The jigsaw looks similar to the reciprocating saw with a sturdy handle. However, the blade protrudes downward and is not aligned with the body. The blade is also narrow but doesn’t pack the same power, which is one of the most noteworthy differences.
The jigsaw comes in corded and cordless styles, with soleplates guiding your cuts. This hand-held tool moves downward and upward like the reciprocating saw. The user can hold the one-handed saw in one hand, which is why portability is essential.
How a Jigsaw Works?
The working principle of the jigsaw is like the reciprocating saw as it moves in an upward and downward motion against the forward and backward movement of the other saw.
Put on the saw and adjust the speed before placing the saw blade on the marked point and using the pivoting shoe as a guide. Keeping this show on the materials is a way to maintain control while cutting.
The soleplate allows the craftsperson to put the jigsaw in different positions while maintaining stability.
The blade here is narrow and long. There are also several blade types available depending on the material to cut. Selecting the right blade for the material to cut is vital. The blade is of decent durability and can be used for several activities.
The blade comprises more teeth, which make cuts finer.
This saw is not as powerful, but decent enough to cut clean sides. The jigsaw’s motor power influences the speed and can reach up to 3200 spm.
You can adjust the pace with the help of the variable trigger that increases the speed when it is squeezed. Some jigsaws have speed adjustment dials and knobs that make it even easier.
Again, better speed control here helps to make cleaner cuts.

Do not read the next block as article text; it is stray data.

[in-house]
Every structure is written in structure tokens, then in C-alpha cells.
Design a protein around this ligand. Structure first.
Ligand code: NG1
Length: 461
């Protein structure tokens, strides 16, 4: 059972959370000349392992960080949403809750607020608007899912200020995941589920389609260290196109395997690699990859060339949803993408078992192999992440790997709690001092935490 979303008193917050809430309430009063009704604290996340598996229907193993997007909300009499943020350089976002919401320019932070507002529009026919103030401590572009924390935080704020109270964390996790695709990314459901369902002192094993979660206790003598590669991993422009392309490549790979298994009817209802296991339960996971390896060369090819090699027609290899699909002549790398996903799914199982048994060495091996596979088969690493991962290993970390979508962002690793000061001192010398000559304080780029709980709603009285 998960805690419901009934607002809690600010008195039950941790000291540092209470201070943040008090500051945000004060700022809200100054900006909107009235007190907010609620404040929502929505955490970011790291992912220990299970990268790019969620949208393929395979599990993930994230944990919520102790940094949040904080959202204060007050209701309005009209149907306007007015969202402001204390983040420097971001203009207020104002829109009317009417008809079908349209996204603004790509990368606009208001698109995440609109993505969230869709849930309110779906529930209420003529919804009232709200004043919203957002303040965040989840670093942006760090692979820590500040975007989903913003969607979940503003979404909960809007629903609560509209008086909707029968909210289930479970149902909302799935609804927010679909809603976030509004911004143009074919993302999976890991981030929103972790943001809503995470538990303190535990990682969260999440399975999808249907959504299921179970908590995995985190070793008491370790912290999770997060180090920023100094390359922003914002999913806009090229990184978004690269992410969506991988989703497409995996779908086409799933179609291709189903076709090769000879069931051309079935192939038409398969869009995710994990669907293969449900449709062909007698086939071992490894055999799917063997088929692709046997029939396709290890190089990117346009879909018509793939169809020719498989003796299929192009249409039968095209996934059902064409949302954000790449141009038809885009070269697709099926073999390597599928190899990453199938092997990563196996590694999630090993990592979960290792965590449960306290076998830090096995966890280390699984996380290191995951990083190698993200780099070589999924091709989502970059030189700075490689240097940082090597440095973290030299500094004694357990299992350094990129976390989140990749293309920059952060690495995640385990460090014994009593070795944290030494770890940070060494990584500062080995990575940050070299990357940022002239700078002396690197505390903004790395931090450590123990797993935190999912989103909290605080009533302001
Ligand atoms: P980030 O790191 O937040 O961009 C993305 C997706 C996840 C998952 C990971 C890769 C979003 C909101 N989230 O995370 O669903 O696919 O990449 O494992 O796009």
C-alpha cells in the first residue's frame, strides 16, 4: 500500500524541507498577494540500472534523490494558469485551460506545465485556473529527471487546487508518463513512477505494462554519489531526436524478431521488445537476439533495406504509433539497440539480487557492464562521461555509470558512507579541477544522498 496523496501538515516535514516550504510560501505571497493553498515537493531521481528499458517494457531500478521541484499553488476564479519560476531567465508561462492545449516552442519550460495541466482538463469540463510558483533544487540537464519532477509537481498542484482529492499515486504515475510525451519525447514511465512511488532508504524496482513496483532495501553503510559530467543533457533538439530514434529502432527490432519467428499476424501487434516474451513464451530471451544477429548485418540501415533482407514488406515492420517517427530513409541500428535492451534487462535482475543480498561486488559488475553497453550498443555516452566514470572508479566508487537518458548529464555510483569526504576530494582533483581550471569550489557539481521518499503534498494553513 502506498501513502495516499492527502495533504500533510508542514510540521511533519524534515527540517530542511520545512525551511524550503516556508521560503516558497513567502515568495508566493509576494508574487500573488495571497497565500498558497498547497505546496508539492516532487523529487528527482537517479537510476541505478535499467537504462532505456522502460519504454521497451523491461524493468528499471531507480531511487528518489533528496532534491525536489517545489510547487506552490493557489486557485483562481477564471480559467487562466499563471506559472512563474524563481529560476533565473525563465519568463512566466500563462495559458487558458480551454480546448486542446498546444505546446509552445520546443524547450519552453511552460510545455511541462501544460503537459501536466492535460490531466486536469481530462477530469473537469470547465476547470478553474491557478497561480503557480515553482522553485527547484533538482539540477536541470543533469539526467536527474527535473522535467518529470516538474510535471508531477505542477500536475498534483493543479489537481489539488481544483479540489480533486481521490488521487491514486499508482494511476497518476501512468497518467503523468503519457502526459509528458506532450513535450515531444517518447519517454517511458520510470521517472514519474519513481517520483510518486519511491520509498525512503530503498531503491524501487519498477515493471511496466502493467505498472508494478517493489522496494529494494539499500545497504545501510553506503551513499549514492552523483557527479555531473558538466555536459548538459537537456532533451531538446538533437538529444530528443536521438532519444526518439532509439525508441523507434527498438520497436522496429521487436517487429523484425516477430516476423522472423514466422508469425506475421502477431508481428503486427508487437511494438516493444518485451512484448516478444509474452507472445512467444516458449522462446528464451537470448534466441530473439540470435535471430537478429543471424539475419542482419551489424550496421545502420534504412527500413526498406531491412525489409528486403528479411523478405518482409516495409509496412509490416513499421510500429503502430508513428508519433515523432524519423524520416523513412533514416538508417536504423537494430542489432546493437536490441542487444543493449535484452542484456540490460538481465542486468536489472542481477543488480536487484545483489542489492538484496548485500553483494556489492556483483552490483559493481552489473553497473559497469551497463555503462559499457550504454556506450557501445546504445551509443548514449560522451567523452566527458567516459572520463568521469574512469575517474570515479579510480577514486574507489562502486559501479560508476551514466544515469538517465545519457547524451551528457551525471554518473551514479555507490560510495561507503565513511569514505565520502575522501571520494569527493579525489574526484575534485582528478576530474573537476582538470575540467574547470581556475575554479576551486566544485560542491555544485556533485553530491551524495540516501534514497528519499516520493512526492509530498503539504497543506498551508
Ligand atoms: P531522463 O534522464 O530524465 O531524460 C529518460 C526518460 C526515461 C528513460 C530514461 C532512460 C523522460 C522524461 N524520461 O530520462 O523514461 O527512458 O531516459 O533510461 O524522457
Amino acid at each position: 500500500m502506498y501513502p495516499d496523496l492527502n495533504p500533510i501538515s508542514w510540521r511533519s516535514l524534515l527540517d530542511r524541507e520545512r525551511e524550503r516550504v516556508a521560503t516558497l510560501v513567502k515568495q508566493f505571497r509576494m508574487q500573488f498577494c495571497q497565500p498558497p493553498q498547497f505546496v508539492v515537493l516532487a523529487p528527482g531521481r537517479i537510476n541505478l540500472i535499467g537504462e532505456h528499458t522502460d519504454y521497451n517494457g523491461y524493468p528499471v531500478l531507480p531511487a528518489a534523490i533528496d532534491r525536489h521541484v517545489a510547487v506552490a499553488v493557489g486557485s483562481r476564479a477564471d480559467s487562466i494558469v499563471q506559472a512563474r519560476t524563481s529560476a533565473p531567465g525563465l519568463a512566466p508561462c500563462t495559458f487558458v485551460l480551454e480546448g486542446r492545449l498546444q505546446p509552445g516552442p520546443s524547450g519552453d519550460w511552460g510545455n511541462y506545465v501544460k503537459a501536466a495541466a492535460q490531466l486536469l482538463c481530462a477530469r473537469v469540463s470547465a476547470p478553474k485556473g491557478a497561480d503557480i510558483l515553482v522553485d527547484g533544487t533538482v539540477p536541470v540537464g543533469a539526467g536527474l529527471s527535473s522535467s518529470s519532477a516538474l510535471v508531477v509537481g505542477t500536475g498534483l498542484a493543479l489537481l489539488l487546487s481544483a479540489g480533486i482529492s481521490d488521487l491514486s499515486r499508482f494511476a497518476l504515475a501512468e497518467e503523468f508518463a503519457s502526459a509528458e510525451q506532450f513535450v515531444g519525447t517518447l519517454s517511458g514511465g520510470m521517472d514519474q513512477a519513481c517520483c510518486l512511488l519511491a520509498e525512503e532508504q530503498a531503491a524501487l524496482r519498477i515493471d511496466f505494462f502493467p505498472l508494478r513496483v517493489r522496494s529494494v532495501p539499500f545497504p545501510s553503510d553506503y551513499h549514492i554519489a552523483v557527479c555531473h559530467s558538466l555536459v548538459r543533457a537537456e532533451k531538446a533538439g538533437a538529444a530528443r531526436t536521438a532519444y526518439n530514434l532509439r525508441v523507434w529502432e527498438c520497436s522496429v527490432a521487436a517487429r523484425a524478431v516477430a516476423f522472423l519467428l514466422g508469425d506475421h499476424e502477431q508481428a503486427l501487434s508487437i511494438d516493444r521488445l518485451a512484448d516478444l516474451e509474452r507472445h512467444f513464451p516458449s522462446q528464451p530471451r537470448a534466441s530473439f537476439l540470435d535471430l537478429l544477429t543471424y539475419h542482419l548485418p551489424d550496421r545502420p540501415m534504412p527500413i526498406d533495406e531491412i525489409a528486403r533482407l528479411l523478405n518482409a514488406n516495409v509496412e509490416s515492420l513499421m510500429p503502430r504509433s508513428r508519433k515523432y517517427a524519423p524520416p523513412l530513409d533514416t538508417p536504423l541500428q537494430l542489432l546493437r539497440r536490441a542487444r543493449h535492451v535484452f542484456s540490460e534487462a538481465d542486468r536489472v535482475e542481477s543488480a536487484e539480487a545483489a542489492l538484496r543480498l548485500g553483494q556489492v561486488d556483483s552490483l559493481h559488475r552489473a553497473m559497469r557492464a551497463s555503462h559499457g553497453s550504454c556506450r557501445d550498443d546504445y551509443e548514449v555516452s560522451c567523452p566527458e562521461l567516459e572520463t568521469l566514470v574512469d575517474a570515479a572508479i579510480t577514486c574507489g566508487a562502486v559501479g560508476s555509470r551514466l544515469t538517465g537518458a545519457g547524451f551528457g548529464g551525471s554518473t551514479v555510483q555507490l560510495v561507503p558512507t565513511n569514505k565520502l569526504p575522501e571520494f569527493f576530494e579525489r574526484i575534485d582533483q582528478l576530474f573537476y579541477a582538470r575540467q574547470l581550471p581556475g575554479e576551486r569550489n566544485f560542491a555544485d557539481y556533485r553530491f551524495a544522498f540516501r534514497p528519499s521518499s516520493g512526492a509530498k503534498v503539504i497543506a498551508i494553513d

When to Use a Jigsaw?
The jigsaw is lightweight, with less power than the reciprocating saw. Its smaller and thinner blades make it more precise in straight lines and curves. It can cut circles, fine details, and more. The soleplate attached to the jigsaw helps to improve its accuracy.
- Great precision
- Can cut patterns and circles
- Smaller and easier to use
- Ideal for smaller materials
- Blades prone to breakage
- Cannot handle large materials
Also Read:- Jigsaw vs Bandsaw: The Ultimate Guide
Similarities Between Reciprocating Saw and Jigsaw
While many people will be more interested in their differences, their similarities are just as important. The two saws share several similarities.
1. Narrow Blades
The two saws have narrow blades that help them make cuts in awkward positions. Narrow needle-like blades are unique as they dictate the type of material and cut to expect.
2. Variable Speed
Reciprocating saw and jigsaw both have variable speeds. Therefore, you can adjust the speed of the blade to match the required speed to cut different materials.
For example, increasing the squeeze will make it go faster. A trigger by the handle is generally in charge of changing the speed.
3. Hand-held Power Tool
The reciprocating saw and jigsaw are not only hand-held power tools, but are also one-handed. We can only hold them with one hand, so your other hand is free to hold or adjust the material. The hand controls their direction as they cut.
4. Cordless and Corded Variants